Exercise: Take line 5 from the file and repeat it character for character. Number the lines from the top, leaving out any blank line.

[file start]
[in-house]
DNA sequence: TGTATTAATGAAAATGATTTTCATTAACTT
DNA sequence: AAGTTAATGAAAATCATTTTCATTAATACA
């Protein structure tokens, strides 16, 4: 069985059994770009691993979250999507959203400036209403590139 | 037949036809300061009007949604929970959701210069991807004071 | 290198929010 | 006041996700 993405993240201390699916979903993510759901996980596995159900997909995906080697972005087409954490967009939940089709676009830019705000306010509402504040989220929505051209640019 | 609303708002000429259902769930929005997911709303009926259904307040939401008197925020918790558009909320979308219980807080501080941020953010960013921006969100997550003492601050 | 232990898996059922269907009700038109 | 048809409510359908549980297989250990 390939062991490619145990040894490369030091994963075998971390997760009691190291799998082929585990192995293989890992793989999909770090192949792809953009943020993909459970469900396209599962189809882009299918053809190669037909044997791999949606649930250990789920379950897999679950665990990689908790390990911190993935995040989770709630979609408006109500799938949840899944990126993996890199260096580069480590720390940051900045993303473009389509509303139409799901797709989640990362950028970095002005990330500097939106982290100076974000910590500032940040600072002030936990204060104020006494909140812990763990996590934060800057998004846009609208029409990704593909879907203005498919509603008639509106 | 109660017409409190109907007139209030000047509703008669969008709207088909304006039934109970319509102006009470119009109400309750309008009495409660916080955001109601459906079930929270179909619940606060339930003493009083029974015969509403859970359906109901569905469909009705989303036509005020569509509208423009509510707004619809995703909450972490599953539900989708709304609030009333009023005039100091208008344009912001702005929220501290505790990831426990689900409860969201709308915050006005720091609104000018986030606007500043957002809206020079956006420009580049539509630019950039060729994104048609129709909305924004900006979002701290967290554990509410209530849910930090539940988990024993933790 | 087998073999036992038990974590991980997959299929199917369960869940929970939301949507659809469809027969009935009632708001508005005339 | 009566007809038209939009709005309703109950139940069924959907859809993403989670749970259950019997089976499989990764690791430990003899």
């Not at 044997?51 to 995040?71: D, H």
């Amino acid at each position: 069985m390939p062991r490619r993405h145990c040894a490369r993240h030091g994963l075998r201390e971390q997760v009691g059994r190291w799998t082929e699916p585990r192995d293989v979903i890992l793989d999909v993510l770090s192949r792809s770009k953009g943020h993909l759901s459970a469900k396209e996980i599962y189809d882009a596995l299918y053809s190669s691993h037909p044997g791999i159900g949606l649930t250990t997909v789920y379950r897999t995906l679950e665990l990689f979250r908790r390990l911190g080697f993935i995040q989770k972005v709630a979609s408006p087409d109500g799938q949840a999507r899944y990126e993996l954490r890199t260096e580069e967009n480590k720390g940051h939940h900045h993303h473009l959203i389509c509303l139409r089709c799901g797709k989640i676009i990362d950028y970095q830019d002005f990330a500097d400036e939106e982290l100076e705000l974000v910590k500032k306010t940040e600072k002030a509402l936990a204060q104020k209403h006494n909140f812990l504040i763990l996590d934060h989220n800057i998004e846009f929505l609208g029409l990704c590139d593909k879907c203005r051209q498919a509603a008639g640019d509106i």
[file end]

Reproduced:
């Not at 044997?51 to 995040?71: D, H």